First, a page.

November 27, 2020: Music and Storytelling (part 1)
Some readings, art, music, and other resources. These are not required readings. They have been shared with us by our guests, or are things we have looked up after an interview for further information or just because we were curious.
We share these materials with you for interest and pleasure’s sake.
If you missed this week’s class, you can listen to it here:
This week we meet Kris Harper from nêhiyawak and Ag47. You know Ag47 as the band that wrote the theme music for the course. Here are a few videos from nêhiyawak. Kris talks about the first one, “page”, in our interview. In it you meet local Métis poet Marilyn Dumont (who Kris speaks about in the interview). The visuals come from Conor McNally (also mentioned in the interview). Kris talks of how the themes in “page” were inspired by Magna Carta coming through town. Here is a link with an incredible amount of information about the Magna Carta: https://www.bl.uk/magna-carta
You can find more videos and music on the Arts and Crafts label website: https://arts-crafts.ca/artists/nehiyawak.html#956
Kris talks of how The Ethiopians looked to their elders for a name and because it is a music class, here is a link to hear some of their music: https://www.youtube.com/watch?v=qYXcpyrIgF8
The picks from Kris are Fats Domino, “Walking to New Orleans“. Before hitting play, we think it is important to share with you that this song is the story of the theft of Indigenous children and culture. While Archie Roach is singing as an Indigenous person from Australia, many listening know intimately the intergenerational impacts of stealing Indigenous children and culture here in Canada. Kris mentioned in the interview that he cried when he first heard the song. This song may be hard to get through. “Took the Children Away”.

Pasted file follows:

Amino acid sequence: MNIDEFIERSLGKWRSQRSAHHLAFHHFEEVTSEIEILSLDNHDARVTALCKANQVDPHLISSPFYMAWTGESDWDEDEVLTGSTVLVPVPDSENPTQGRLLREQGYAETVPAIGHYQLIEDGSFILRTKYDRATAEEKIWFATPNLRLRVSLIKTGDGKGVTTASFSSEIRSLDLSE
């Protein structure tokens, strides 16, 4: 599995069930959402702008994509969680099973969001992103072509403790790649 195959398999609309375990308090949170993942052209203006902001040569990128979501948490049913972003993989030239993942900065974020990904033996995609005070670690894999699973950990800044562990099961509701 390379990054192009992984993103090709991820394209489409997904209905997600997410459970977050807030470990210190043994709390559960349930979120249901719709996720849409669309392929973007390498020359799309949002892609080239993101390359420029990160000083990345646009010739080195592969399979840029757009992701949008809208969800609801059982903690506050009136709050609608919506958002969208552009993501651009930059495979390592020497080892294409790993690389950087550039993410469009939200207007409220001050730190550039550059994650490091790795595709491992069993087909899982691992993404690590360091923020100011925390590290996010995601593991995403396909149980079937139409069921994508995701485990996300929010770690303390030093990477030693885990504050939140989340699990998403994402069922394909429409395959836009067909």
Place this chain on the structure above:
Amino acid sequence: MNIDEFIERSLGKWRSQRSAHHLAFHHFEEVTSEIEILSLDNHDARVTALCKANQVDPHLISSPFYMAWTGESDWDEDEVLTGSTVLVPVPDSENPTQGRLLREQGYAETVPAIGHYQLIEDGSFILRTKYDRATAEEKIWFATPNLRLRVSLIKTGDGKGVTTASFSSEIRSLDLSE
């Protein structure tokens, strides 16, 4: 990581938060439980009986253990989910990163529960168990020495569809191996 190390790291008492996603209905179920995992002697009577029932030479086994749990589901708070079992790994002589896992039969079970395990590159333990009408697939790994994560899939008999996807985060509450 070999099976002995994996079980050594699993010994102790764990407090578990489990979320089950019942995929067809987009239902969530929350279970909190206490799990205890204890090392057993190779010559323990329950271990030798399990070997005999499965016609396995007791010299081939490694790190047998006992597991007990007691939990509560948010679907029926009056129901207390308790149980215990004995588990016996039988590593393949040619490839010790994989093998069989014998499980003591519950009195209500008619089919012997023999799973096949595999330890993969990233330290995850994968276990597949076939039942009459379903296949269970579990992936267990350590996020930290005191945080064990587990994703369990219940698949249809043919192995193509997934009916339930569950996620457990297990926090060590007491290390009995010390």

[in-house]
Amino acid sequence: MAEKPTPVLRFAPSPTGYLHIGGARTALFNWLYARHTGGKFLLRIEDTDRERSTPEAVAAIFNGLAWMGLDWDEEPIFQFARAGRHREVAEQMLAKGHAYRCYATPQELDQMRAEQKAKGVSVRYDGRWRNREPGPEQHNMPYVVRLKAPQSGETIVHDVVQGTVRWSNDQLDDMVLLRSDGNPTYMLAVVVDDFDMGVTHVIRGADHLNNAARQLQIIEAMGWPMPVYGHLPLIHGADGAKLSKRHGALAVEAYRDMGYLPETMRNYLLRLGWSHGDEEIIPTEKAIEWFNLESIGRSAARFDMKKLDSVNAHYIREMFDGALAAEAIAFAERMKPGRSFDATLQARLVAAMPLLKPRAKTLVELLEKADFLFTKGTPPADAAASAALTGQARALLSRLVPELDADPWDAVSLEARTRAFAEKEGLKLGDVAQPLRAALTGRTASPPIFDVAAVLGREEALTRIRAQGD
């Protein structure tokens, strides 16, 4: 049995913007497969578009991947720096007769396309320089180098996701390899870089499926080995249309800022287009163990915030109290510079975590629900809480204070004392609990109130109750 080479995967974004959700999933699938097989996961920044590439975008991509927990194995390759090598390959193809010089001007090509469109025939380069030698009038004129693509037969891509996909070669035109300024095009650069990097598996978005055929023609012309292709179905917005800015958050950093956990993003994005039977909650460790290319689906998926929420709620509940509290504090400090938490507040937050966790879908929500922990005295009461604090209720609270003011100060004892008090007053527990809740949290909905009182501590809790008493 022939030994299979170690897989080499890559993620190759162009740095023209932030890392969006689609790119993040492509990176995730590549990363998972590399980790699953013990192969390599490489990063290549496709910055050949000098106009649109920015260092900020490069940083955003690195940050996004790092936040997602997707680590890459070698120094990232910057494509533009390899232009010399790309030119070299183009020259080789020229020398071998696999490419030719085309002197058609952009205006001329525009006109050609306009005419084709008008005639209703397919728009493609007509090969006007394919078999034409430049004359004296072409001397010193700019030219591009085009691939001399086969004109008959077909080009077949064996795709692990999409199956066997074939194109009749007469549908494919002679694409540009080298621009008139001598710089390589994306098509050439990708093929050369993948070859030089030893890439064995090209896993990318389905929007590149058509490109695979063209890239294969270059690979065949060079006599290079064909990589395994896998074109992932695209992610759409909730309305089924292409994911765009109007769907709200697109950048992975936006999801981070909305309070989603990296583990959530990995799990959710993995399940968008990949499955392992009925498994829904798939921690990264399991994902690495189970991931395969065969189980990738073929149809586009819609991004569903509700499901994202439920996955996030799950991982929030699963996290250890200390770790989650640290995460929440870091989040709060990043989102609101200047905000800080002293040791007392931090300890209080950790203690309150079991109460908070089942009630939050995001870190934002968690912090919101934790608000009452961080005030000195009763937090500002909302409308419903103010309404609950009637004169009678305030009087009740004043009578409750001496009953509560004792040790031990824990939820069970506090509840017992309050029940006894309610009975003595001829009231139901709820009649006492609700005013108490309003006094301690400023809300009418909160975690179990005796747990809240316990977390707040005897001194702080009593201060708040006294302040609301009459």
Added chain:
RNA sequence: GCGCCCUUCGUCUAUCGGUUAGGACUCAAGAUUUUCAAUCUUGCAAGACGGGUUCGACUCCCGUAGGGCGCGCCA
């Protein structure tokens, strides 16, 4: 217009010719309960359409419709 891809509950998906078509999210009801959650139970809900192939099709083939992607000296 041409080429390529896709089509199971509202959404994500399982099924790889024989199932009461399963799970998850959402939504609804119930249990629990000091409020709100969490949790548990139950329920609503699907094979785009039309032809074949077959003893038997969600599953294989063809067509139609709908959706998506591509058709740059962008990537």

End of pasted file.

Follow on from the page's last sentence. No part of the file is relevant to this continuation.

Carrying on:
In Kris’ interview he talks of the impact of colonialism on recorded American music. Here are a few articles that highlight the history and impact of white settlers on American music. And, more specifically, the theft and appropriation of Back music.
Baruti N. Kopano, “Soul Thieves: White America and the Appropriation of Hip Hop and Black Culture”
Here is an interactive and very informative website, The Black Music History Library, exploring the role of Black culture in American music, which continues to financially benefit white people: https://blackmusiclibrary.com/Library
Over-representation of white cis-gendered voices in music is not just a problem in America, it is a problem everywhere, including our own city! In recognition of this Not Enough Fest happened. This was a festival in, what is now known as Edmonton, that was made entirely of first-time bands comprised of queer, non-binary, women,and trans artists. Here is a short documentary about the festival: https://www.youtube.com/watch?v=j31mElEtJuU&list=PLWSjEJ5Z-OIoP_p4i4c9ajHmHWoebzjWz&ab_channel=JennaTurner
Leila Sidi, our second guest this week, is committed to getting more stories in music by prioritizing accessibity in her guitar making. Here is a great article, “In the Pink” written by Steph Wong Ken that explores some of Leila’s journey as a luthier (guitar maker).
You can find our more about Leila Sidi’s work by visiting her website, https://tunatoneinstruments.com/
Watch a demo of TunaTone Teeny Tuna, one of Leila’s guitars:
Leila also shared a favourite music pick with us! “Survival” by Wares.
You can read a quick review of the new Wares record “Survival”, https://exclaim.ca/music/article/wares_survival_album_review